new non-tourniquet device approved for first responders

Discussion in 'Survival Medicine' started by Witch Doctor 01, Dec 9, 2015.

  1. Witch Doctor 01

    Witch Doctor 01 Mojo Maker

    stg58 likes this.
  2. stg58

    stg58 Monkey+++ Founding Member

    The U.S. Food and Drug Administration has cleared the use of the XSTAT 30—an innovative sponge-filled gunshot wound dressing device—for use in the general population. Approved last year for battlefield use, the device can plug a gunshot wound in just 15 seconds.

    The XSTAT Rapid Hemostasis System is an expandable, multi-sponge dressing that’s used to control severe, life-threatening bleeding from wounds in bodily areas where a traditional tourniquet is of no use, such as the groin or armpit. It works by pumping expandable, tablet-sized sponges into the wound, staunching bleeding while a patient is rushed to hospital.

    The tablets are standard medical sponges that expand on contact with blood, and the dressing lasts for about four hours. Each applicator absorbs about a pint of blood, and up to three applicators can be used on a patient. To assist with extraction, each tablet contains a radioplaque marker that can be spotted under an X-ray.

    Last edited: Dec 27, 2015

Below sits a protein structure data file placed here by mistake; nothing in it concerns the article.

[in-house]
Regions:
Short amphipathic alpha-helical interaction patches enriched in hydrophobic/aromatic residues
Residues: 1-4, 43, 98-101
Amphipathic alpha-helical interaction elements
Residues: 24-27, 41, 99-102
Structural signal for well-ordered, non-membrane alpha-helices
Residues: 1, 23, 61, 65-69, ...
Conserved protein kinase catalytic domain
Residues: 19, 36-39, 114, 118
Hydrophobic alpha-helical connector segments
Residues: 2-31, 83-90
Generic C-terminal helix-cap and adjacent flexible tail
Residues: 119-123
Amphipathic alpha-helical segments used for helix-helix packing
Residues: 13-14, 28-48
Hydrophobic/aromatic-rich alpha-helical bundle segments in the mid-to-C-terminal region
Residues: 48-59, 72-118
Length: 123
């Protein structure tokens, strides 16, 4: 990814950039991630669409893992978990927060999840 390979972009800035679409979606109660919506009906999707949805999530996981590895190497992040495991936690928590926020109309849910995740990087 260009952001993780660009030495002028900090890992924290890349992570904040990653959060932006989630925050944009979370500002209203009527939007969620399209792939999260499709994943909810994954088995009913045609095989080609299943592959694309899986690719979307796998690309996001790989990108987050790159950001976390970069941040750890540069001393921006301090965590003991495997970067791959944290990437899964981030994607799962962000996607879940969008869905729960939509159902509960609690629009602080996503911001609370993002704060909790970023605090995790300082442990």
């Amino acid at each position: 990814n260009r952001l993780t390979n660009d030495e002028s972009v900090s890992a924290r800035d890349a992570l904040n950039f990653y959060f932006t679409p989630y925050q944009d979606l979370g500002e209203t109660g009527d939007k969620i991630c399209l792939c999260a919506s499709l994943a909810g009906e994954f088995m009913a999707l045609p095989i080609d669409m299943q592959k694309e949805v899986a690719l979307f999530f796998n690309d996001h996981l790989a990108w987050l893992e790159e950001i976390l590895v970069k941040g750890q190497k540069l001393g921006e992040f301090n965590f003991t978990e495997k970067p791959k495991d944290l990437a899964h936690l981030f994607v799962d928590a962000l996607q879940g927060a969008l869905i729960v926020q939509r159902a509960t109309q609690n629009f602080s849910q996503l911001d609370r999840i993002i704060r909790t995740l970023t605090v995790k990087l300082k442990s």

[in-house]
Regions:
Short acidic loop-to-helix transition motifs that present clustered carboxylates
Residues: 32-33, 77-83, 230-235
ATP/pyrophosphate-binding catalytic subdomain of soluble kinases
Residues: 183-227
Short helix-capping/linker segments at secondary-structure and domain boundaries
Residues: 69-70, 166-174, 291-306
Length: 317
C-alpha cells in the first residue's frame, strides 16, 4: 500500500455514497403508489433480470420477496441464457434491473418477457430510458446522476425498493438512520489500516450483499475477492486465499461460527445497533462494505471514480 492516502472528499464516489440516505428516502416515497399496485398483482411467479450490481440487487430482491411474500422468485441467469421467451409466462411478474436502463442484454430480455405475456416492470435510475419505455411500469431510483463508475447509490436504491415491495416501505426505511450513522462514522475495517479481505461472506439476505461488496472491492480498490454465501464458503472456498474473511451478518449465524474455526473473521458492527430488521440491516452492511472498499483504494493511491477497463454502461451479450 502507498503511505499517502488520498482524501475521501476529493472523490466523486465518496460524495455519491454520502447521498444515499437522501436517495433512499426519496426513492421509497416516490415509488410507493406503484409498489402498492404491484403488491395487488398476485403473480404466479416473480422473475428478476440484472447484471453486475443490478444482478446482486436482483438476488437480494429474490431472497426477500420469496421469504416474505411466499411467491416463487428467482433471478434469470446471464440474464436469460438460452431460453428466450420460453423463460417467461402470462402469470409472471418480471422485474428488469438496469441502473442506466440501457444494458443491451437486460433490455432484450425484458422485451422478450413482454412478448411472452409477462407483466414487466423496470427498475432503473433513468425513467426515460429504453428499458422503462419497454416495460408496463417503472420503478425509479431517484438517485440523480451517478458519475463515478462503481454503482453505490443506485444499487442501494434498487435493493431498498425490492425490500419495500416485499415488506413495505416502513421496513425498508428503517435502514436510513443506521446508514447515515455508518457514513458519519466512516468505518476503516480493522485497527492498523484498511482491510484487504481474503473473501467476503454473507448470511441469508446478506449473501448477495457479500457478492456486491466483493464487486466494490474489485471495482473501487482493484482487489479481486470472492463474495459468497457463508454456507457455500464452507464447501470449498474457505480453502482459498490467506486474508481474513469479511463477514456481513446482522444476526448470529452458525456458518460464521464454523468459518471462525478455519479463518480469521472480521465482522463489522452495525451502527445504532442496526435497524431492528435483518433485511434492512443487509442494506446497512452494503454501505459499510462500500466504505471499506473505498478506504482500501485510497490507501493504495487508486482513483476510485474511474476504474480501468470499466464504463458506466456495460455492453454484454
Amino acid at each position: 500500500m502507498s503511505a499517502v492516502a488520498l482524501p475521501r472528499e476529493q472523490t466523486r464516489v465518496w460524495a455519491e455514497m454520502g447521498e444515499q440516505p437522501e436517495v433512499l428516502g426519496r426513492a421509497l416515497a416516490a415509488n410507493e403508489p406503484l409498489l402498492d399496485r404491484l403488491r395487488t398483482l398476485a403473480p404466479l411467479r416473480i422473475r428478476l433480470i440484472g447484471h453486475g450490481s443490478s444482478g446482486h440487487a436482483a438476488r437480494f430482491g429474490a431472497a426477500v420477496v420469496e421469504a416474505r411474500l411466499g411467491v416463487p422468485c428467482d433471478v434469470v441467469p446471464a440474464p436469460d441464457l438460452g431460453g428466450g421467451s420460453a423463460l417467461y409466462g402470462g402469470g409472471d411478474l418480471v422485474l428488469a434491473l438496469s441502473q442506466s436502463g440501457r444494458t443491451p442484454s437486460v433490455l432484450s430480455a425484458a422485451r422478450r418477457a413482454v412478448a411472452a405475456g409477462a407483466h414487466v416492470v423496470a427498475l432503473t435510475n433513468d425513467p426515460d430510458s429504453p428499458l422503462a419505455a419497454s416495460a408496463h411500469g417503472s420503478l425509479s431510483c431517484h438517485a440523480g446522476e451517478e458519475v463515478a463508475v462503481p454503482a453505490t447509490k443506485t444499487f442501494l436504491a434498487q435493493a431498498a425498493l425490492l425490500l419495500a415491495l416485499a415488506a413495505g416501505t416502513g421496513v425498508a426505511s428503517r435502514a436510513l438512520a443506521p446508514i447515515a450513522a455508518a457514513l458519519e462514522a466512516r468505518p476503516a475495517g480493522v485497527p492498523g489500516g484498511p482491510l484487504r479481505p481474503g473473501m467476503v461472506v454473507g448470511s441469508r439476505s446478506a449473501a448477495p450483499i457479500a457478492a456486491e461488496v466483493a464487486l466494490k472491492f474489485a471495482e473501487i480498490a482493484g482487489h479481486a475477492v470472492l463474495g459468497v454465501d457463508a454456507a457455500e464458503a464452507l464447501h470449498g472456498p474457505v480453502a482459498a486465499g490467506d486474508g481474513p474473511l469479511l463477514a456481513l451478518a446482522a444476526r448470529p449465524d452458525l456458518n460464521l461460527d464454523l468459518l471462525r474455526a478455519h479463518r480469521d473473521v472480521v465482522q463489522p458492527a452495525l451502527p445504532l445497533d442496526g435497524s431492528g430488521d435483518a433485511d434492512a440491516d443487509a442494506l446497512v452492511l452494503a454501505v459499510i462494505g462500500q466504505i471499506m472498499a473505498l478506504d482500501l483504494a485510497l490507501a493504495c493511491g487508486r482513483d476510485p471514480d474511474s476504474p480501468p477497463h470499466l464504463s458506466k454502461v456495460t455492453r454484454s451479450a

3. chelloveck

    chelloveck Diabolus Causidicus

    If it saves lives and its effectiveness is substantiated by evidence based research....just one more tool in the quiver of life saving technology. (y)
  4. Flight-ER-Doc

    Flight-ER-Doc Monkey+

    A tool with a very limited range of use.

    From their website: XSTAT 30 is NOT indicated for use in: the thorax; the pleural cavity; the mediastinum; the abdomen; the retroperitoneal space; the sacral space above the inguinal ligament; or tissues above the clavicle.

    I'd post a link but don't yet have enough posts to link
  5. kellory

    kellory An unemployed Jester, is nobody's fool. Banned

    Alright, doc, a better question is what IS it good for?
  6. Flight-ER-Doc

    Flight-ER-Doc Monkey+

    Specifically, what are called junctional hemorrhagic injuries - getting shot in the groin for instance, where the artery branches out (the femoral artery branching from the iliac's deep so it's hard to pack well and there's no place to use a tourniquet. The same sort of anatomy is in the shoulder.

    You shouldn't use these in the neck (the little sponges expanding will stop blood to the brain, or air....), in the upper chest (ditto the heart or lungs), the abdomen, the pelvis above the inquinal ligament. Below the junction of the groin or shoulder you can use a tourniquet.

    So these are very specific for one type of injuries ONLY. Injuries that can be fatal, but are not common even in combat. Which I guess is a good thing: We've gotten so good at stopping death from common problems we can devote resources to uncommon ones.
    Ganado, kellory and Sapper John like this.
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